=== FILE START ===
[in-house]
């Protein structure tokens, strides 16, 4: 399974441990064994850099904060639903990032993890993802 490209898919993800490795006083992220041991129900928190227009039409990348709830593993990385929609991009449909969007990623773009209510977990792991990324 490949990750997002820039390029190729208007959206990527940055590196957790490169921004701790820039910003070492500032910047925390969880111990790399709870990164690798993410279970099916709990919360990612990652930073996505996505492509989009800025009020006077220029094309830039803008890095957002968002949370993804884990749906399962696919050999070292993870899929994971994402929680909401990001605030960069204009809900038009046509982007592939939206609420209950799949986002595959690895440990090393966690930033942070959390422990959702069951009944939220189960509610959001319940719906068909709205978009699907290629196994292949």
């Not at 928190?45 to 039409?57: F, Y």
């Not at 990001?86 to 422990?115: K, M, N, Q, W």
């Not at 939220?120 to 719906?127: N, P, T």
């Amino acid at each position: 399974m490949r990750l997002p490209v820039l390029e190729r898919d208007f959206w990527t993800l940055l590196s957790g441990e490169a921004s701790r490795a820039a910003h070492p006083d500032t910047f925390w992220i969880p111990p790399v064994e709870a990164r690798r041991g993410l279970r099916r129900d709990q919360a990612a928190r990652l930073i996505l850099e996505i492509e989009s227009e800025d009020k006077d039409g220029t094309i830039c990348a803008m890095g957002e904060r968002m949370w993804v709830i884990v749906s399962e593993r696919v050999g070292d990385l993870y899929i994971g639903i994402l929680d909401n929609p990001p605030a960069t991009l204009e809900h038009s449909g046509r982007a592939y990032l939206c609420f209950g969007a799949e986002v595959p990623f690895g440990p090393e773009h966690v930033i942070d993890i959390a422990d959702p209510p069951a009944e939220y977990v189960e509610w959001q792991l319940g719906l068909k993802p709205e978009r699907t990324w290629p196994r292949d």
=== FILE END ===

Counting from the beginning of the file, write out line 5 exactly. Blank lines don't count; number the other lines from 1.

């Not at 939220?120 to 719906?127: N, P, T």